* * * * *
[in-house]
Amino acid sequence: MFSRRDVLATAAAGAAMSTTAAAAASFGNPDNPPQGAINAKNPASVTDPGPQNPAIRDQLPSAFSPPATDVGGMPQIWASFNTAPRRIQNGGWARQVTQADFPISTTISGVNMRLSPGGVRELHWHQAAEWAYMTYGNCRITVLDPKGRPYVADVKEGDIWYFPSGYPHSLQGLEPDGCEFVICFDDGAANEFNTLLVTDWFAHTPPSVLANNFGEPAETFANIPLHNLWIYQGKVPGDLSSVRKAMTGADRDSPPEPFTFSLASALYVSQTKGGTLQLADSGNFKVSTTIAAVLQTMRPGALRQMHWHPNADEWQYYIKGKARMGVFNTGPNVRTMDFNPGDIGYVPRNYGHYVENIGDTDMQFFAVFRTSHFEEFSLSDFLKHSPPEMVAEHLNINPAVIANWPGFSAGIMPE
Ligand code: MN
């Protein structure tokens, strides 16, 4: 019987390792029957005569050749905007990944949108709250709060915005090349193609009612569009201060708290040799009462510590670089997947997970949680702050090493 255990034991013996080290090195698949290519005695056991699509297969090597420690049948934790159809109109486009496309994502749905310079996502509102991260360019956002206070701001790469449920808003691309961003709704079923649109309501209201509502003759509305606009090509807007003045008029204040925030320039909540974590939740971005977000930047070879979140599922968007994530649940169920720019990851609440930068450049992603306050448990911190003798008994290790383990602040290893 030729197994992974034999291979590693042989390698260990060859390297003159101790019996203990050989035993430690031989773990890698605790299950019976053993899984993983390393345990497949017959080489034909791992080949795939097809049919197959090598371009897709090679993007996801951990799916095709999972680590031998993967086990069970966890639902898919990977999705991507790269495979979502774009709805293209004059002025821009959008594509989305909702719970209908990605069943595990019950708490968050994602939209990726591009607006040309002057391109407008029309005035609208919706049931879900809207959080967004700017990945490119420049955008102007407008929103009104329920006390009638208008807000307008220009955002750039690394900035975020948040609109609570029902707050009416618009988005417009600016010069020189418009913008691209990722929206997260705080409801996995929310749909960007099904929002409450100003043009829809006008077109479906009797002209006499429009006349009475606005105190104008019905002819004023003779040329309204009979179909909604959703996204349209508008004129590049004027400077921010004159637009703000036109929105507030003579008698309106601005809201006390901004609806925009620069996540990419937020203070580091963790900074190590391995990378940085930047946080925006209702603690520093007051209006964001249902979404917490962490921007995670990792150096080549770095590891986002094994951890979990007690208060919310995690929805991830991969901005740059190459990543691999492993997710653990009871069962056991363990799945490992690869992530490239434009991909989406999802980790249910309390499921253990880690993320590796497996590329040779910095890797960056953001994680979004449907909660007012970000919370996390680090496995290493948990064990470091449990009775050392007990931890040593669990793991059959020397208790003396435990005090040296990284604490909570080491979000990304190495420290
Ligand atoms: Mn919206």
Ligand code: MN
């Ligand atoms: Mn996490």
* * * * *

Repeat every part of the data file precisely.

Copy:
[in-house]
Amino acid sequence: MFSRRDVLATAAAGAAMSTTAAAAASFGNPDNPPQGAINAKNPASVTDPGPQNPAIRDQLPSAFSPPATDVGGMPQIWASFNTAPRRIQNGGWARQVTQADFPISTTISGVNMRLSPGGVRELHWHQAAEWAYMTYGNCRITVLDPKGRPYVADVKEGDIWYFPSGYPHSLQGLEPDGCEFVICFDDGAANEFNTLLVTDWFAHTPPSVLANNFGEPAETFANIPLHNLWIYQGKVPGDLSSVRKAMTGADRDSPPEPFTFSLASALYVSQTKGGTLQLADSGNFKVSTTIAAVLQTMRPGALRQMHWHPNADEWQYYIKGKARMGVFNTGPNVRTMDFNPGDIGYVPRNYGHYVENIGDTDMQFFAVFRTSHFEEFSLSDFLKHSPPEMVAEHLNINPAVIANWPGFSAGIMPE
Ligand code: MN
């Protein structure tokens, strides 16, 4: 019987390792029957005569050749905007990944949108709250709060915005090349193609009612569009201060708290040799009462510590670089997947997970949680702050090493 255990034991013996080290090195698949290519005695056991699509297969090597420690049948934790159809109109486009496309994502749905310079996502509102991260360019956002206070701001790469449920808003691309961003709704079923649109309501209201509502003759509305606009090509807007003045008029204040925030320039909540974590939740971005977000930047070879979140599922968007994530649940169920720019990851609440930068450049992603306050448990911190003798008994290790383990602040290893 030729197994992974034999291979590693042989390698260990060859390297003159101790019996203990050989035993430690031989773990890698605790299950019976053993899984993983390393345990497949017959080489034909791992080949795939097809049919197959090598371009897709090679993007996801951990799916095709999972680590031998993967086990069970966890639902898919990977999705991507790269495979979502774009709805293209004059002025821009959008594509989305909702719970209908990605069943595990019950708490968050994602939209990726591009607006040309002057391109407008029309005035609208919706049931879900809207959080967004700017990945490119420049955008102007407008929103009104329920006390009638208008807000307008220009955002750039690394900035975020948040609109609570029902707050009416618009988005417009600016010069020189418009913008691209990722929206997260705080409801996995929310749909960007099904929002409450100003043009829809006008077109479906009797002209006499429009006349009475606005105190104008019905002819004023003779040329309204009979179909909604959703996204349209508008004129590049004027400077921010004159637009703000036109929105507030003579008698309106601005809201006390901004609806925009620069996540990419937020203070580091963790900074190590391995990378940085930047946080925006209702603690520093007051209006964001249902979404917490962490921007995670990792150096080549770095590891986002094994951890979990007690208060919310995690929805991830991969901005740059190459990543691999492993997710653990009871069962056991363990799945490992690869992530490239434009991909989406999802980790249910309390499921253990880690993320590796497996590329040779910095890797960056953001994680979004449907909660007012970000919370996390680090496995290493948990064990470091449990009775050392007990931890040593669990793991059959020397208790003396435990005090040296990284604490909570080491979000990304190495420290
Ligand atoms: Mn919206």
Ligand code: MN
């Ligand atoms: Mn996490």